The Python Meetup celebrated their holiday party at 680 Folsom!

Python, Flask, Text to Speech (TTS), Microsoft, Project Oxford!

Microsoft Provides at TTS service API to help hackers bring voice to their applications.

This is an introduction to the technology as well as working sample code for Python34.

Two weeks ago I worked with a number of students to use this service in a Python Web App. Here’s some photos of the guys I worked with:



If you’re already familiar with Project Oxford feel free to skip the first 3 steps.

It seems like some of the API services are being moved from Bing to under Project Oxford so some of the documentation can be a bit scattered.

I want to point you into the simplest path to make this happen and help trim off some of the overhead that might look daunting at first.

1. We’ll start at the Project Oxford Speech API landing page.


2. Then sign in and subscribe:

You can also look at the live demos/documentation to get started and test the capabilities.


3. Now that we’re signed up and have access to our keys go ahead and keep that tab open because you’ll need to use you’re own key to get this sample code working.

4. In the meantime there is some important documentation to read over to help familiarize yourself with what’s going on:
(Reminder – this API is still in Beta so expect changes along the way)

First is the overview of the Bing Voice Output API
Make sure to check out all the available voices!

And this is the code that we turned into a tiny flask app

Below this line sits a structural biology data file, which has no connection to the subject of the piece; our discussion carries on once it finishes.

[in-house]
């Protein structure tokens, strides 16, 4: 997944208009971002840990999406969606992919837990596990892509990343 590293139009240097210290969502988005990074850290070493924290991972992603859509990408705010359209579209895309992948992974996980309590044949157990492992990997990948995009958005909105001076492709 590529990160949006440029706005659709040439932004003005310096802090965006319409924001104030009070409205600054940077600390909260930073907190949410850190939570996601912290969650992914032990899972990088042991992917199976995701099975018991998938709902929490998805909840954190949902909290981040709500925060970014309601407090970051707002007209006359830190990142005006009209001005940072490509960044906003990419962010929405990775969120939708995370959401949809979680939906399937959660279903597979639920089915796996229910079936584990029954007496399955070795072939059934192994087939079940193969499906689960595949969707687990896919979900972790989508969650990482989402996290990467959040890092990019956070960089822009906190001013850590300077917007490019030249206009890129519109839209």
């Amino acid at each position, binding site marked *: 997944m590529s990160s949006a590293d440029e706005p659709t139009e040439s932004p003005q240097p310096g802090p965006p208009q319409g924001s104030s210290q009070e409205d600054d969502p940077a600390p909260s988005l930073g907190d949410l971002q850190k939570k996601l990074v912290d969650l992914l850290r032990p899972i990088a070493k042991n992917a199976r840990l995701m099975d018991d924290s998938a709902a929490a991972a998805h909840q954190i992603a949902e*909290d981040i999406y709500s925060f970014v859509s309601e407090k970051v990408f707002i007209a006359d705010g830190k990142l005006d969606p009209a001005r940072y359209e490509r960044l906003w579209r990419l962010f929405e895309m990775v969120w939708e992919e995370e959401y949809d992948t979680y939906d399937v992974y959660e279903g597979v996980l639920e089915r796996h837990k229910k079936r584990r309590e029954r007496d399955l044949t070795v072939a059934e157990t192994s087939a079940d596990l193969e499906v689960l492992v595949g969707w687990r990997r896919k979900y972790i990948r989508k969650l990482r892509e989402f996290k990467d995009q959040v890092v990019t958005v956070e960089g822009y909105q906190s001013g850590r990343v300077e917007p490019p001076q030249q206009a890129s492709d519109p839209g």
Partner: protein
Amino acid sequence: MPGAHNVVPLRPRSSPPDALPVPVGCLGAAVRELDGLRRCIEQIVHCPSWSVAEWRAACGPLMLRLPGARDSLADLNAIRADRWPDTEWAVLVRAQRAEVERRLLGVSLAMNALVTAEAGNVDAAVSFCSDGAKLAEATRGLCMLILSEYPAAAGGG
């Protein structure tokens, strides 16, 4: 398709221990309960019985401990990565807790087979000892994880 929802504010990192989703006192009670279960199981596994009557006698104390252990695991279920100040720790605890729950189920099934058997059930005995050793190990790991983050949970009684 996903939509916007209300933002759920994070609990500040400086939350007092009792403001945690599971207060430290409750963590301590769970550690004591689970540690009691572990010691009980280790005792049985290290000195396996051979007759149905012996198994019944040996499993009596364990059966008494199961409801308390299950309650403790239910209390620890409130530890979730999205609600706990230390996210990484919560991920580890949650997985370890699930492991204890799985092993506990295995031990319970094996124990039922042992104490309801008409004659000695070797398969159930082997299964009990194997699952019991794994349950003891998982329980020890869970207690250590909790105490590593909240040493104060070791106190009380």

5. Two things that I found most confusing about using this sample code…

What is the clientID?
What the heck do you do with the data you get back?

6. So here’s the code we wrote:
Its a tiny flask web app.
Here’s a link to the repository:

to run on my machine I execute:

C:\Python34\python.exe app.py

…Because I have Python 2.7 and Python 3.4 on my machine I run it from C:\

7. The clientID doesn’t need to be anything… I found out. So you’ll see at line 13 in the helper.py file client_id is set to ‘nothing’

8. Now what to do with the data you get back…

Well it turns out you can request all sorts of different formats.

You’ll see in the headers declaration of helpers.py

"X-Microsoft-OutputFormat": "riff-8khz-8bit-mono-mulaw",

We’re requesting a specific file type in return with this header and you can set it to a number of different formats.

You’ll see at this documentation all the different available formats: https://www.projectoxford.ai/doc/speech/REST/Output

we changed our format from the mono-pcm to mulaw -> which has to do with audio compression.

Basically we get back a string that we can encode into base 64 trim the edges and send raw to the browser which will be available to play with the audio tag.

You’ll see this at line 46 of helper.py with our get_raw_wav function.

The body of our request can be edited to get different voices (male/female) different languages, and even different cadences.

This all falls under the Speech Synthesis Markup Language (SSML) you can read more about here:
and how Microsoft uses it here:

Let me know if you have any questions!
Feel free to submit a pull request or fork this code for your next hackathon!

Happy Thanksgiving massive tree on the panhandle!
Happy Thanksgiving massive tree on the panhandle!